We have been resorting to automation to improve the working conditions and lifestyles of people, doing more so since the industrial revolution. In the industrial revolution, physical tasks were getting replaced by machines (automation). Tasks like picking up material, pulling heavy loads, and precise machining done on materials. With the advent of the computer and information technology revolution, computers are now doing tasks that would normally be done by the human brain.
We use calculators for arithmetic…
We dial NAMES, not numbers anymore…
We punch in routes in a Navigator to go places, sometimes places we visit often…
Humans are increasingly relying on technology to do mental tasks- posing some interesting questions:
- How beneficial it is to have these tasks done by computers?
- Is this hampering our ability to use the brain?
- If the brain is not doing these tasks anymore (like remember the product of 17 times 8; remember your friends’ number), is it being used for remembering something else?
- Are we losing the touch – or is it that we are using our brains for ‘some higher function’ as some people would claim?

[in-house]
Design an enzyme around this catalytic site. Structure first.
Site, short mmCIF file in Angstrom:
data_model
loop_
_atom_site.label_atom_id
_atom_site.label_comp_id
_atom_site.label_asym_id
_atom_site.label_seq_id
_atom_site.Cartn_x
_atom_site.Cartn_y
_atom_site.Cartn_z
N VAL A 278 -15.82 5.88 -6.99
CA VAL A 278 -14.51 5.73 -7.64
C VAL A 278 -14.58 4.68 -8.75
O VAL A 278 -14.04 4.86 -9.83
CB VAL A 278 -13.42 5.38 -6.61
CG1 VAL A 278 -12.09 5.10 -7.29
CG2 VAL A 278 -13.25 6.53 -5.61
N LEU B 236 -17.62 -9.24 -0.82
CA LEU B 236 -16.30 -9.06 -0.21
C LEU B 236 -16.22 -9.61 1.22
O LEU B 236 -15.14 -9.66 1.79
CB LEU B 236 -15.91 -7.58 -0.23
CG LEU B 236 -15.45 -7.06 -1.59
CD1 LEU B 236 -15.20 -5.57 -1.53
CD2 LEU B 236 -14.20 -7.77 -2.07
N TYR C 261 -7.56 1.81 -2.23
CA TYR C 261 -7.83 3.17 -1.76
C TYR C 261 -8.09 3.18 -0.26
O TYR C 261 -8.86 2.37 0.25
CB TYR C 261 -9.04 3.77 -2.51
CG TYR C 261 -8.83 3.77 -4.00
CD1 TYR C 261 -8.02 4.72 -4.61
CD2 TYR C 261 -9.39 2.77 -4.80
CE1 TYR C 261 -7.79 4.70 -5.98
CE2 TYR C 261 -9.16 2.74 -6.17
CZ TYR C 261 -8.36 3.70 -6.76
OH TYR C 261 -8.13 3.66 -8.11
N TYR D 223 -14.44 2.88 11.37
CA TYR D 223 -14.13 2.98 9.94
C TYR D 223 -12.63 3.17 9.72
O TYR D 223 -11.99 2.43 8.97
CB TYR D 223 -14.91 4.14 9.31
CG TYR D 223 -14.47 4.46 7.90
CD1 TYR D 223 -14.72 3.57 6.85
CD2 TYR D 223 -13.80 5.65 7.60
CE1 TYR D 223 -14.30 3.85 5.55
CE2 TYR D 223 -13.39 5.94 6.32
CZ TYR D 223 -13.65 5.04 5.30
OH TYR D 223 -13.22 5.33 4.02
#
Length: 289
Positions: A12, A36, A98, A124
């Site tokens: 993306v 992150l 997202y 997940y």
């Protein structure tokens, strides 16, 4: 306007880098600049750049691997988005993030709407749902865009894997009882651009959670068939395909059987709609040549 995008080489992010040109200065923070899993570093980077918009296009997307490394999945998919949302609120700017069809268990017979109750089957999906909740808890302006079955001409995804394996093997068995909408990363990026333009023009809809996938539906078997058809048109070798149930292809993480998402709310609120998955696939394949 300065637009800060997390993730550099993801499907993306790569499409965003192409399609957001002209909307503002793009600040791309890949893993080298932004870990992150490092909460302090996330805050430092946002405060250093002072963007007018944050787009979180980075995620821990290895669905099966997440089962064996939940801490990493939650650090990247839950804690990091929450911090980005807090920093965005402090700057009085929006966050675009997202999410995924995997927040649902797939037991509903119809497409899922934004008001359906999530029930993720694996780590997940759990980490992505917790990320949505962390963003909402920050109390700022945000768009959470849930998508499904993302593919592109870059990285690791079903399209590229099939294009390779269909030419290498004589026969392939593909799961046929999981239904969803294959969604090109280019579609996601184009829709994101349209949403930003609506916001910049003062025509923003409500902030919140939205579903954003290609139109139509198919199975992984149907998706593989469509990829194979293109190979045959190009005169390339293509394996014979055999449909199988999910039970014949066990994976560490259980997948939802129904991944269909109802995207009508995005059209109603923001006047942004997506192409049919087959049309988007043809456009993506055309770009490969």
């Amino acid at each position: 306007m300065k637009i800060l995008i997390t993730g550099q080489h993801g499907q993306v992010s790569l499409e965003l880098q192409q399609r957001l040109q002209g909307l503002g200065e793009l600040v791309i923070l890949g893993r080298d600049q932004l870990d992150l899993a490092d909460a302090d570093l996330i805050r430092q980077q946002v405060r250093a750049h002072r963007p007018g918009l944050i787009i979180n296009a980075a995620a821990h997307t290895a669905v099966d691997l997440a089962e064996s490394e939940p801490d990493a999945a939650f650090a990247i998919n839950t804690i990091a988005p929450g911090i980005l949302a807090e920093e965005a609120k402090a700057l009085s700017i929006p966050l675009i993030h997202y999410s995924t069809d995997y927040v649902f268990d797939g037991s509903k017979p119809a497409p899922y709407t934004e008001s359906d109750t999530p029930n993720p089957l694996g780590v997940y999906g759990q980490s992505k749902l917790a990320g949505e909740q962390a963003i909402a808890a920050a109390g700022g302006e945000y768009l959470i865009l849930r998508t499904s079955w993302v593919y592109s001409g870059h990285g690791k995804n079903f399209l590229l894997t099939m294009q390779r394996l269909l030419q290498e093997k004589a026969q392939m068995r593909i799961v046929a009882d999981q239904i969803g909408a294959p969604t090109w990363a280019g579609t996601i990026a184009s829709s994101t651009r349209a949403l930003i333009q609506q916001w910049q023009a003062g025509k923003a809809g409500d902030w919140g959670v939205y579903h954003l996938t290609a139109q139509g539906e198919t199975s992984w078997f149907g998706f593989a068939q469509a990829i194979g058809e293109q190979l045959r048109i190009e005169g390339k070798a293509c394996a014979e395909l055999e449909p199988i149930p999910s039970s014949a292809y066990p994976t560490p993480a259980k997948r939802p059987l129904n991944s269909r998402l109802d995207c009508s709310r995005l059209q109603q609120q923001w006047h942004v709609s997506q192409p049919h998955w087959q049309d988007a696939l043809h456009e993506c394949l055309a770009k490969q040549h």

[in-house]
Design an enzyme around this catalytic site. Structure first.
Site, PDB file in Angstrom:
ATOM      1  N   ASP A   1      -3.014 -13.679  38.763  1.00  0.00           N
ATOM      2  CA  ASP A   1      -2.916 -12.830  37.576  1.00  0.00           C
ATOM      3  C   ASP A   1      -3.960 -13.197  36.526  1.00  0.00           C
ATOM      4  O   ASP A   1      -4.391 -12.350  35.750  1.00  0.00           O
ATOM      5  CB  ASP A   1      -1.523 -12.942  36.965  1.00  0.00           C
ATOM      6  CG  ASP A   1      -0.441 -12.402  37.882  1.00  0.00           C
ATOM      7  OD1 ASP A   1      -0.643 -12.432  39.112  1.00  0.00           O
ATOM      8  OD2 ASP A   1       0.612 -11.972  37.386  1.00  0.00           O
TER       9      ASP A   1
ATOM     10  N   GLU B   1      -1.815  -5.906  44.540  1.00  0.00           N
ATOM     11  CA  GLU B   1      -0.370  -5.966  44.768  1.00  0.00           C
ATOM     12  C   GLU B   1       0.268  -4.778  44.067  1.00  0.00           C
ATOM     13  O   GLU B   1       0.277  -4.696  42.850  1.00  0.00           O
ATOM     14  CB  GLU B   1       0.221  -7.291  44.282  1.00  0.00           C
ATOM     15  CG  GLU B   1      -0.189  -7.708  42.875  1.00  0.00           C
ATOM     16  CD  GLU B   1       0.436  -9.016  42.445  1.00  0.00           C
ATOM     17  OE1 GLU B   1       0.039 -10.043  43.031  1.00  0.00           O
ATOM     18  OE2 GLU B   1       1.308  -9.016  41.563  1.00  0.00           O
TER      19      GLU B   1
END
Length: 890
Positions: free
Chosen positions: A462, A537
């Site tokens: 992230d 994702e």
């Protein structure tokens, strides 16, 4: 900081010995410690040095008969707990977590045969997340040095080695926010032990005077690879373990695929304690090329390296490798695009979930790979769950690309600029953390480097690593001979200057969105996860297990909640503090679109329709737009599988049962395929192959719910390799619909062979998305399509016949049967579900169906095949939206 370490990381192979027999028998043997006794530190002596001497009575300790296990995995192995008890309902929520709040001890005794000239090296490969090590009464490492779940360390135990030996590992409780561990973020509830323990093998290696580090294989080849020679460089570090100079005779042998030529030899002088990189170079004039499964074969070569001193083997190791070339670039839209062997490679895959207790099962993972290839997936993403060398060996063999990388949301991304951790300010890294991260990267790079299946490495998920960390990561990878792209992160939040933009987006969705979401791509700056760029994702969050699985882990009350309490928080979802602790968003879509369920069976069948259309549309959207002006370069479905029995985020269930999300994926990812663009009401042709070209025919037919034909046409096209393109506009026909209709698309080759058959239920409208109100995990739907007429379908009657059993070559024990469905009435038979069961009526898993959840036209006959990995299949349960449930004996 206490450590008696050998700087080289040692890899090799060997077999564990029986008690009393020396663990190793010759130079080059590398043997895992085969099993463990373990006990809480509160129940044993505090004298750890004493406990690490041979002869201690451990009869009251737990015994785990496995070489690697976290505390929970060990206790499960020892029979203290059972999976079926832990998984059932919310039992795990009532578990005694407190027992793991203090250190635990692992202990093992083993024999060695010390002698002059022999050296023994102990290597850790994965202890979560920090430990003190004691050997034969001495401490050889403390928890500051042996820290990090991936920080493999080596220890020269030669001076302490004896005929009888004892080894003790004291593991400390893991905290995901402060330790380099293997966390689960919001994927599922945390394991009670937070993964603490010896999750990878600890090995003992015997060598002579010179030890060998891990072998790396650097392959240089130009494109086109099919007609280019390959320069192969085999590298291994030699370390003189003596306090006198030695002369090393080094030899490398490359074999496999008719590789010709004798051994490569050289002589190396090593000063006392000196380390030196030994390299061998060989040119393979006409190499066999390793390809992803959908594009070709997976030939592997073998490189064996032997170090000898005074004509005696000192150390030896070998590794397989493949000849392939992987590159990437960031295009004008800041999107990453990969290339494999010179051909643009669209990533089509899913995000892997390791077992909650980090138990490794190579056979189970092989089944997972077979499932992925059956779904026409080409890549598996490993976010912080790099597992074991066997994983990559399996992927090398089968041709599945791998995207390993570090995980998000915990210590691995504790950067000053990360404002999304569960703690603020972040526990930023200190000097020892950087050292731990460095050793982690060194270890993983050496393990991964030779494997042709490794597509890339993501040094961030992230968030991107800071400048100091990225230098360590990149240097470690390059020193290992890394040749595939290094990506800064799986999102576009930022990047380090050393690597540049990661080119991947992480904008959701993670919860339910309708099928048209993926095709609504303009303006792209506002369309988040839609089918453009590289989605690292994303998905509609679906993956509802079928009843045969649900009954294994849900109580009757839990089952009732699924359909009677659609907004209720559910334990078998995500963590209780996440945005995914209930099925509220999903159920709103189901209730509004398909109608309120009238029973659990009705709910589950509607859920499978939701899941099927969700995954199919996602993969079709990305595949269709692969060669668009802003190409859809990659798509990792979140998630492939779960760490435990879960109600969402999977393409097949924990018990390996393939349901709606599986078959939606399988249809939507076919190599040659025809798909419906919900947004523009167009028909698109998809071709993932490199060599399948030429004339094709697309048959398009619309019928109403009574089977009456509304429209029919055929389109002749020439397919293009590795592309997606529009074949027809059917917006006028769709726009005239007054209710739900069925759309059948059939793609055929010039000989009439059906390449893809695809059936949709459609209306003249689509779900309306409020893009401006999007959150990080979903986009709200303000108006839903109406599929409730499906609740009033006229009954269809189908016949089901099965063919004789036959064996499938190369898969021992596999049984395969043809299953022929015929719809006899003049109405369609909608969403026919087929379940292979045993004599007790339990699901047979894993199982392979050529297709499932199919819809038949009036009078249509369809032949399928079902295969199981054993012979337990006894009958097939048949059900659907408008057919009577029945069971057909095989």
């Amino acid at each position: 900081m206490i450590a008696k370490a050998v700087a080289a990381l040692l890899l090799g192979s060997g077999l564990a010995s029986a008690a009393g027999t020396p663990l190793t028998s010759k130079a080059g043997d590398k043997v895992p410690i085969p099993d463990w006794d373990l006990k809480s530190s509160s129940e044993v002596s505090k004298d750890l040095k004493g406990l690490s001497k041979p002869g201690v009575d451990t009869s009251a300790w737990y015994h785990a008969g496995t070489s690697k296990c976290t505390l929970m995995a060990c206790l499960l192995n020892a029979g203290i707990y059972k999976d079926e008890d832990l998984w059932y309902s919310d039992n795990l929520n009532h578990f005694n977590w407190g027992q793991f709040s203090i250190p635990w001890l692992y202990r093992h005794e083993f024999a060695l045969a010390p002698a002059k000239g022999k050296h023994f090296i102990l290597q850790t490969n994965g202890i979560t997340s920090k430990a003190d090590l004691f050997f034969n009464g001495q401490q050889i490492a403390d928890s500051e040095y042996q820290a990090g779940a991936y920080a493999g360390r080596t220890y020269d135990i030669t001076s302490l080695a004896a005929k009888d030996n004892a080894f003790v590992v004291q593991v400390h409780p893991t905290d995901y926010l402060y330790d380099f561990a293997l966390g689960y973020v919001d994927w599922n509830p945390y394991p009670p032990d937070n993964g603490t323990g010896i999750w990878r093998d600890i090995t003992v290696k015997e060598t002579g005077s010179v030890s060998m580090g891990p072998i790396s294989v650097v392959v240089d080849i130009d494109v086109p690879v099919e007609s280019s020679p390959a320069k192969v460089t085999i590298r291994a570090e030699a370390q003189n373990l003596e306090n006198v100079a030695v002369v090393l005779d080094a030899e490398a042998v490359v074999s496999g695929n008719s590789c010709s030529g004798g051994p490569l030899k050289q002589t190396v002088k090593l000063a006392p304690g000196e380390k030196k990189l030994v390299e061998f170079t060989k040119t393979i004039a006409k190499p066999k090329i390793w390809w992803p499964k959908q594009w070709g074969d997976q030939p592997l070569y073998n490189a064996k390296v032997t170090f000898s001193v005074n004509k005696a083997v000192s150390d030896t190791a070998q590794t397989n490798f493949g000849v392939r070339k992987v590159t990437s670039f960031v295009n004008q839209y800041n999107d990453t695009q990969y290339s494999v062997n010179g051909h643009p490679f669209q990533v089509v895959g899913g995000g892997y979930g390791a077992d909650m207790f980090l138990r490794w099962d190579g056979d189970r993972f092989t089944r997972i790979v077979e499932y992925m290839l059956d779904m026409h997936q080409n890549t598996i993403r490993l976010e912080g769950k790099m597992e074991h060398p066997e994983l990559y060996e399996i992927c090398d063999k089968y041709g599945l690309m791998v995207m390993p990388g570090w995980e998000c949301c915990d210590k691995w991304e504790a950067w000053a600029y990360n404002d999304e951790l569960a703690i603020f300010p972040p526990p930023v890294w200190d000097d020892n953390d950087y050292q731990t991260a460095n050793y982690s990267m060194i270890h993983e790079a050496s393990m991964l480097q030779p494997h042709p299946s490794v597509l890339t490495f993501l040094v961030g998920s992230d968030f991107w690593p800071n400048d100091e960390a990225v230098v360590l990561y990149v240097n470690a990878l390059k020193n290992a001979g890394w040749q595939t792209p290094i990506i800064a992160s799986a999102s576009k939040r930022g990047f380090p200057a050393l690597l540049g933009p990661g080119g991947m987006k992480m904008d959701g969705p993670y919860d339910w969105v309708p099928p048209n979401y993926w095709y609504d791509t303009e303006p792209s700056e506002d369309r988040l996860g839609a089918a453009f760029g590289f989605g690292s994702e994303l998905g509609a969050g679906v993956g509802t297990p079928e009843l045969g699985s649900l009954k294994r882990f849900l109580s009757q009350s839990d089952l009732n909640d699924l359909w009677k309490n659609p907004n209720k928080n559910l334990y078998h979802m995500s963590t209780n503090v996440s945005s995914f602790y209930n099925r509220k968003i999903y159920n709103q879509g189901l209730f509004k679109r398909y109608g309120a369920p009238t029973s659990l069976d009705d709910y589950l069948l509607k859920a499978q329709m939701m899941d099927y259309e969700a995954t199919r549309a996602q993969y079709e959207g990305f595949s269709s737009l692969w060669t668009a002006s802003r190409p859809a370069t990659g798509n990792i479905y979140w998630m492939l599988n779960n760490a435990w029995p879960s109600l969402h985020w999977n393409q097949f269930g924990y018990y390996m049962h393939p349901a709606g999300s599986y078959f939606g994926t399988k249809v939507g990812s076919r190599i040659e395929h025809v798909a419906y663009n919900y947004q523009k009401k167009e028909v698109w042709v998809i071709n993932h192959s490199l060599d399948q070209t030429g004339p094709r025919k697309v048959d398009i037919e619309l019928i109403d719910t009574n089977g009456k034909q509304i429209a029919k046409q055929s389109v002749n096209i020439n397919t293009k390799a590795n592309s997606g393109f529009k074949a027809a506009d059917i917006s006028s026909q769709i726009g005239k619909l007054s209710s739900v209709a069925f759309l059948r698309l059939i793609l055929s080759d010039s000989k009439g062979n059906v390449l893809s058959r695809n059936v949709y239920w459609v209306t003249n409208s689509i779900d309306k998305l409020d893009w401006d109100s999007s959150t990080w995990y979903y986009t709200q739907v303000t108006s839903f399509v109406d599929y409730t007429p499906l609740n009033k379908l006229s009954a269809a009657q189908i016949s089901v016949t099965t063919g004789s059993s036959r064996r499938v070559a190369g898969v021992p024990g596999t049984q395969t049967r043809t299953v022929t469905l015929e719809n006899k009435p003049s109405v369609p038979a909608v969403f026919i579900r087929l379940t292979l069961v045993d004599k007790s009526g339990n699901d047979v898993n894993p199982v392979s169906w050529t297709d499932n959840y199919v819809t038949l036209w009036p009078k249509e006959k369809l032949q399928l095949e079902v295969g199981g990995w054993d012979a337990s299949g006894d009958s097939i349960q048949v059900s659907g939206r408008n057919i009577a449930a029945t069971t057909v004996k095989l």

- Are our brains ‘progressing’ to advanced functions?
- What functions should be allocated to the human (brain) vs. machine (logic)?
In Human Factors terms I see this as a classic function allocation issue. True, computers can do a better job at calculations, remembering things, sending alerts at the appropriate time and many more. But, is this leading to something that we haven’t accounted for?
Psychologists have done studies on the increasing use of technology and found that while we rely on technology to do simple tasks, it affects by reducing the declarative memory, and they claim that our minds are getting lazy. Dependence on search engines is making us poor thinkers. Multi-tasking lessens our ability to focus on what is relevant, and rewires the brain to make us shallow thinkers. To fill our minds we watch TV, news, get information or hang out on social networking sites watching what other people are doing.
To quote Dr. Sandra Bond Chapman, who is the founder and chief director for the Center for Brain Health in Dallas: “It’s really keeping us at this distracted level, so everything that we’re thinking about tends to be quicker, less synthesized, and that’s what’s making us dumber.”